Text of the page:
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Research Technical Report

Damage and Recovery in Intertidal Fucus gardneri Assemblages Following the 'Exxon Valdez' Oil Spill

DeVogelaere, A.P., and M.S. Foster (1994)

Marine Ecology Progress Seriees 106:263-271


In March 1989, the 'Exxon Valdez' spilled over 10 million gallons (ca 38 million l) of crude oil into Prince William Sound, Alaska, USA. The spill was followed by massive clean-up using hot sea-water at high pressure as well as other mechanical and chemical techniques. We studied initial damage and subsequent recovery in the upper margin of the Fucus gardneri assemblage on protected shores by comparing sites that were unoiled, oiled and cleaned with hot water at high pressure, and oiled but less intensely cleaned. F. gardneri cover averaged 80% on unoiled sites but lt 1% on all oiled and cleaned sites 18 mo after the spill. The abundances of barnacles, littorine snails and limpets varied among sites and species, and this variation was associated in part with differences in their life histories. F. gardneri cover was still extremely low on oiled and cleaned sites 2.5 yr after the spill. Holdfasts that persisted after cleaning did not resprout. F. gardneri recruitment was lowest at intensely cleaned sites, and most recruits occurred in cracks near adults. Recruits were less abundant under canopies but placing canopies over recruits did not decrease their survivorship over 5 mo. Natural weathering of tar was rapid, with most marked patches gone in less than 1 yr. We conclude that intense mechanical cleaning following this oil spill increased damage and slowed recovery. Such methods should be avoided if reduction of environmental damage is the primary objective of post-spill management decisions. The recovery of F. gardneri at its upper margin might be enhanced by devices that retain moisture and increase substratum rugosity.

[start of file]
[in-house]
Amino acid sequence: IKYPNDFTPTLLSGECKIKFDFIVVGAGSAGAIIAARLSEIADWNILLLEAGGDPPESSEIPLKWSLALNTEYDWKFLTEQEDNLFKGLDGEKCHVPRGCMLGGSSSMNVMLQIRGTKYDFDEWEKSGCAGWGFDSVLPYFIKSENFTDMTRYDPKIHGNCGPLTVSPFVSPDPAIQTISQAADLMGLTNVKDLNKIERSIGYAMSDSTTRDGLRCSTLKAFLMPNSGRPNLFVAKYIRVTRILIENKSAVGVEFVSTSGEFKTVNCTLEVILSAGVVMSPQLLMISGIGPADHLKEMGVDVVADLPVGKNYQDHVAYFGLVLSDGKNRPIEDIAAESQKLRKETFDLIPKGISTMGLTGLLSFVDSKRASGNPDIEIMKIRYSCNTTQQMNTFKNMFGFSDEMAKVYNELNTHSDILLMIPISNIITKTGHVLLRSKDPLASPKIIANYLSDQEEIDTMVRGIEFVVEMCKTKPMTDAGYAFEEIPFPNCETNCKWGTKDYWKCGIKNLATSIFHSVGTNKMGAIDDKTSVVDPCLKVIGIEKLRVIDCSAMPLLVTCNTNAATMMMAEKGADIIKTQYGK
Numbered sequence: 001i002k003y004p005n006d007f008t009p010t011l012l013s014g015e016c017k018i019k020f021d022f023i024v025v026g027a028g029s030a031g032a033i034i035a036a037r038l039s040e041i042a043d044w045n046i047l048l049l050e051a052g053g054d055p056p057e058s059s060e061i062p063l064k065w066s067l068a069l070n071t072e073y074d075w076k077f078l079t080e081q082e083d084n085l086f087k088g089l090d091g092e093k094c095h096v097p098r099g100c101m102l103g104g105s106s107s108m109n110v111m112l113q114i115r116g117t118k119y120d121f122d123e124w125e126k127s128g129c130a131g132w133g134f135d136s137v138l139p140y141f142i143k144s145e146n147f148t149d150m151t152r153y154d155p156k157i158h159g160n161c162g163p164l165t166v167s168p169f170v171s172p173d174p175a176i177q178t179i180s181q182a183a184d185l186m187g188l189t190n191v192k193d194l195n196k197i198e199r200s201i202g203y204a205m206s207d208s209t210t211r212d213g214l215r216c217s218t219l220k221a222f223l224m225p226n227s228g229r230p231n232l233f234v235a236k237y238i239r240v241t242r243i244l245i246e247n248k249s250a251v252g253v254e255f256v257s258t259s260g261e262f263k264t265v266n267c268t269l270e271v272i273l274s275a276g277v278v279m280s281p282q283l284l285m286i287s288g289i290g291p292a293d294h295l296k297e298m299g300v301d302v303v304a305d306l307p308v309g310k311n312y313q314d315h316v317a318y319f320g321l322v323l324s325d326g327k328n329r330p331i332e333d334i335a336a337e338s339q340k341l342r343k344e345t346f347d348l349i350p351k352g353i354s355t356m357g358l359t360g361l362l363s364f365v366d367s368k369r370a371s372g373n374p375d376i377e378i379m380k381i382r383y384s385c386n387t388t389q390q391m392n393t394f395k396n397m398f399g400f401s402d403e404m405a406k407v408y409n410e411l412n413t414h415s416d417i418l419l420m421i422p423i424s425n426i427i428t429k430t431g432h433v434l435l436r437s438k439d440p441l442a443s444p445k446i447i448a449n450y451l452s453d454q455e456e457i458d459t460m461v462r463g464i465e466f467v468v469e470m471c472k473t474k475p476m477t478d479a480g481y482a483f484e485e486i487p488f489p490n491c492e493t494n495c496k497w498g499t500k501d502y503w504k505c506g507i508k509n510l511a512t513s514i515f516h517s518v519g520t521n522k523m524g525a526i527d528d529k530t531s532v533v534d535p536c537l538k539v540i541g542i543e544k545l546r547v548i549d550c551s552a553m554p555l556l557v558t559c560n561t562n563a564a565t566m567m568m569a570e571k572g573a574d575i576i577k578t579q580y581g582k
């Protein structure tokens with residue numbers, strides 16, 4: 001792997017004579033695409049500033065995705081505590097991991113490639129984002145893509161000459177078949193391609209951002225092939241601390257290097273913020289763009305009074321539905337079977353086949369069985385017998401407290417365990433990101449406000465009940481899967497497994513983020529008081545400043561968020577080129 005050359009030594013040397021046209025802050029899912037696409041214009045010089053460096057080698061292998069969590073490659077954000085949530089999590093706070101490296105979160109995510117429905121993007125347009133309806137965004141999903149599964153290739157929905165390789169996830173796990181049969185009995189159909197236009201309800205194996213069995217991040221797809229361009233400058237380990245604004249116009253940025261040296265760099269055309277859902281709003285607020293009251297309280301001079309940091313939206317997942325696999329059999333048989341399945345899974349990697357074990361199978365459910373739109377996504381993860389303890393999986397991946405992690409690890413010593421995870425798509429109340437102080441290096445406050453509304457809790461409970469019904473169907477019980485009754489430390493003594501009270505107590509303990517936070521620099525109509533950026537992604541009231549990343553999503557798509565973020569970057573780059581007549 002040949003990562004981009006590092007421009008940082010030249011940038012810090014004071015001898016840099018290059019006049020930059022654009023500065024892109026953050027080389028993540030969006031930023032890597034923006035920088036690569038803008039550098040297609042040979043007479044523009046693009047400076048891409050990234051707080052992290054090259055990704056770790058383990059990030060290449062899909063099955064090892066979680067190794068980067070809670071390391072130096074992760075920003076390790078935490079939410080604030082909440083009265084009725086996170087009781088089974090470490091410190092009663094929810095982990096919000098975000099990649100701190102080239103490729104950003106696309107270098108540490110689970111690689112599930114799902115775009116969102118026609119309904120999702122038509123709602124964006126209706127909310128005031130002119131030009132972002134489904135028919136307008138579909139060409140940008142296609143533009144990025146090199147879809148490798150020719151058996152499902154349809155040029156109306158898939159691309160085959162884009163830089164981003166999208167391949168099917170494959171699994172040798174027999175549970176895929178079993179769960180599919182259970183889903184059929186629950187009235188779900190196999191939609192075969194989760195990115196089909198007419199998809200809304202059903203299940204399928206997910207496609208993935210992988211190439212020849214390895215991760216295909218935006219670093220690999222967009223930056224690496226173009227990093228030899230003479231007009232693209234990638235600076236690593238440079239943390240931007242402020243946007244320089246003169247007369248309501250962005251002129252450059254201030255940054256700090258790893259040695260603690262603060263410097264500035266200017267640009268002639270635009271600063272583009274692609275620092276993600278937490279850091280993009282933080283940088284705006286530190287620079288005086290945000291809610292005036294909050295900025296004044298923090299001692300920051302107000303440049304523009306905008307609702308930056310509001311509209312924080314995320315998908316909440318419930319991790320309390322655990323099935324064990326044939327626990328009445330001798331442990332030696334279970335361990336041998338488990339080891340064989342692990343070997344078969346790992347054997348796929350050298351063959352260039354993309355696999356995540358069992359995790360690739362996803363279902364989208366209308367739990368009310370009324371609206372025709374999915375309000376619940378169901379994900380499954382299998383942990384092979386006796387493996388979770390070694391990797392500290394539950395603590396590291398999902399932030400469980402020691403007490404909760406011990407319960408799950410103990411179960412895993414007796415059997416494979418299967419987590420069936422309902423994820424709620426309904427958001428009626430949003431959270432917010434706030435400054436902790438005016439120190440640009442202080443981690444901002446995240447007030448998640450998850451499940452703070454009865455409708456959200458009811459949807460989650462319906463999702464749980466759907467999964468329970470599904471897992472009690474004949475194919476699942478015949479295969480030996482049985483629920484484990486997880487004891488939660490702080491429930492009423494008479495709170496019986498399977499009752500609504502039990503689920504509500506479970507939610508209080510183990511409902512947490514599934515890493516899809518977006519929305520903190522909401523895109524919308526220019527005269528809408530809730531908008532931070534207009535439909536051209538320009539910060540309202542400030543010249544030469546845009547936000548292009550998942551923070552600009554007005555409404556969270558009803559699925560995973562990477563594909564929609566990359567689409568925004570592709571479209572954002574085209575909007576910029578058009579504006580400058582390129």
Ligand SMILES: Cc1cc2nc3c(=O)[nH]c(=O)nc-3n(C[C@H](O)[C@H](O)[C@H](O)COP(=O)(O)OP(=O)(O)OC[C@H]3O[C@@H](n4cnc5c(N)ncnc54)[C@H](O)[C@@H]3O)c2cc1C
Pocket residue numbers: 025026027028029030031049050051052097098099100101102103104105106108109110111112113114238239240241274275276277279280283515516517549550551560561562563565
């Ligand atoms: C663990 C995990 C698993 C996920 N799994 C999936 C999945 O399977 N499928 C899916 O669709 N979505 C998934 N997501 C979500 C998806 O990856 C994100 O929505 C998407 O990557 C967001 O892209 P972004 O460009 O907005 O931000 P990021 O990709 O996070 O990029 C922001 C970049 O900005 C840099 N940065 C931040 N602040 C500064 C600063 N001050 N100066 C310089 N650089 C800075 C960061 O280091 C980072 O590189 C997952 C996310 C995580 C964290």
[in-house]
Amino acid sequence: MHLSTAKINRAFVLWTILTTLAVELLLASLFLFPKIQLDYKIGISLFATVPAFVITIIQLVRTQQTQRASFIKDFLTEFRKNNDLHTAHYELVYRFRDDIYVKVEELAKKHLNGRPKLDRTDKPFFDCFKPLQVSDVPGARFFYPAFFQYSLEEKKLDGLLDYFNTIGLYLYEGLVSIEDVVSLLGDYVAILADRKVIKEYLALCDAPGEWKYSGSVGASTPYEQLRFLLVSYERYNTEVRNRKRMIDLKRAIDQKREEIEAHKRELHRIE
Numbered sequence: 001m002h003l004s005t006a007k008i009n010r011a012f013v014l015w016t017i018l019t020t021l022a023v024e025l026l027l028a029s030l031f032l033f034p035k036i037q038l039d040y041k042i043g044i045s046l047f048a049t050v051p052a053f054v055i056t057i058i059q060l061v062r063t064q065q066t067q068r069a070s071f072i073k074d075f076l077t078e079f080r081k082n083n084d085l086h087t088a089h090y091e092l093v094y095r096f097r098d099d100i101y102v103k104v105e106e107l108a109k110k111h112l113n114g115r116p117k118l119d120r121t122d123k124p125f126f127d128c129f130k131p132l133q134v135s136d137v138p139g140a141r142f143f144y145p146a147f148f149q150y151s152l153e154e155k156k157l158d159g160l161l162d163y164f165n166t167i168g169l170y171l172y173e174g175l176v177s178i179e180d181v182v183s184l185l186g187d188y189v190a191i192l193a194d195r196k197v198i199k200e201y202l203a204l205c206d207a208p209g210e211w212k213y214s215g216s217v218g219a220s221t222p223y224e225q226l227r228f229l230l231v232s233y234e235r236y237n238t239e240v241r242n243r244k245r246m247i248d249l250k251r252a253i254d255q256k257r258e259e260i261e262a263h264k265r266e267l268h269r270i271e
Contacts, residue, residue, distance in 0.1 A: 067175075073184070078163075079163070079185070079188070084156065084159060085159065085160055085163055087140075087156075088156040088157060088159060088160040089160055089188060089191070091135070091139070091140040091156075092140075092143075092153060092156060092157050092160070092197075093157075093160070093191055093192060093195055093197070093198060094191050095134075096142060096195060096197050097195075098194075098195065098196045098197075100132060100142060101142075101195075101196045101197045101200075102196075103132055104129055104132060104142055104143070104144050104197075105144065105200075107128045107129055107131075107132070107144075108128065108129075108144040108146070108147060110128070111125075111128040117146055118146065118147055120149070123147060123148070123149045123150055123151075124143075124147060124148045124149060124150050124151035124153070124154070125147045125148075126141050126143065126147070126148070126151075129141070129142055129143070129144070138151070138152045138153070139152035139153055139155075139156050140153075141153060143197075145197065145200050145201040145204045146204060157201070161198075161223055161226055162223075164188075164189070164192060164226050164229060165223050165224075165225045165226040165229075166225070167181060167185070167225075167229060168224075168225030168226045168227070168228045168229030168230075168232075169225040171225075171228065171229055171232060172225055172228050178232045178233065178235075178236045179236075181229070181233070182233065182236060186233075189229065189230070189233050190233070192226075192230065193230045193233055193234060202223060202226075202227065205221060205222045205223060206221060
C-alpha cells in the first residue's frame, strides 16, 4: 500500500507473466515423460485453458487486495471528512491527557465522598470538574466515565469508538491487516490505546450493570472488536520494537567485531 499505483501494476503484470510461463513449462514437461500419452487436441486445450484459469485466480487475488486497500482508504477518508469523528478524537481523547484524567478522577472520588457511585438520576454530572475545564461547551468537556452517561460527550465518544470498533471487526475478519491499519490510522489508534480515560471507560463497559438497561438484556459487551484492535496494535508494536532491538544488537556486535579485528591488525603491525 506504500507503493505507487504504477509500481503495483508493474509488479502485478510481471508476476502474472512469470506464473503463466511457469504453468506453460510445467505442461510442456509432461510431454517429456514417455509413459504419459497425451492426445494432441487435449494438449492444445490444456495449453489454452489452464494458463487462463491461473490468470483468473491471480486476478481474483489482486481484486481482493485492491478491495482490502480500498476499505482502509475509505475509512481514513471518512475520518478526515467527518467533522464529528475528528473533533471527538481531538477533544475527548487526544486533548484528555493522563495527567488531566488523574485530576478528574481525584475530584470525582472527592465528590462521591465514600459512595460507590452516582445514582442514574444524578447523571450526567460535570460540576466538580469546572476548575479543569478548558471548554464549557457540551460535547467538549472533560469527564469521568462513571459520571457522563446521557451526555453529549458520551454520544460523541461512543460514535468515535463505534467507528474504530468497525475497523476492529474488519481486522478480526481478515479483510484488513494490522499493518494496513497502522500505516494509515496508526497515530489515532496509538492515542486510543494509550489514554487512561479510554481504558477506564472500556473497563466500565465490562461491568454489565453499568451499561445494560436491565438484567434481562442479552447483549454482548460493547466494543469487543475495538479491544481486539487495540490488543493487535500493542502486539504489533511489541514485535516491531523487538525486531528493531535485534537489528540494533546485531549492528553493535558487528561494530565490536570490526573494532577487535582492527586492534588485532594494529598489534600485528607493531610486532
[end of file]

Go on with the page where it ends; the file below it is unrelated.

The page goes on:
Reviewed: April 11, 2024
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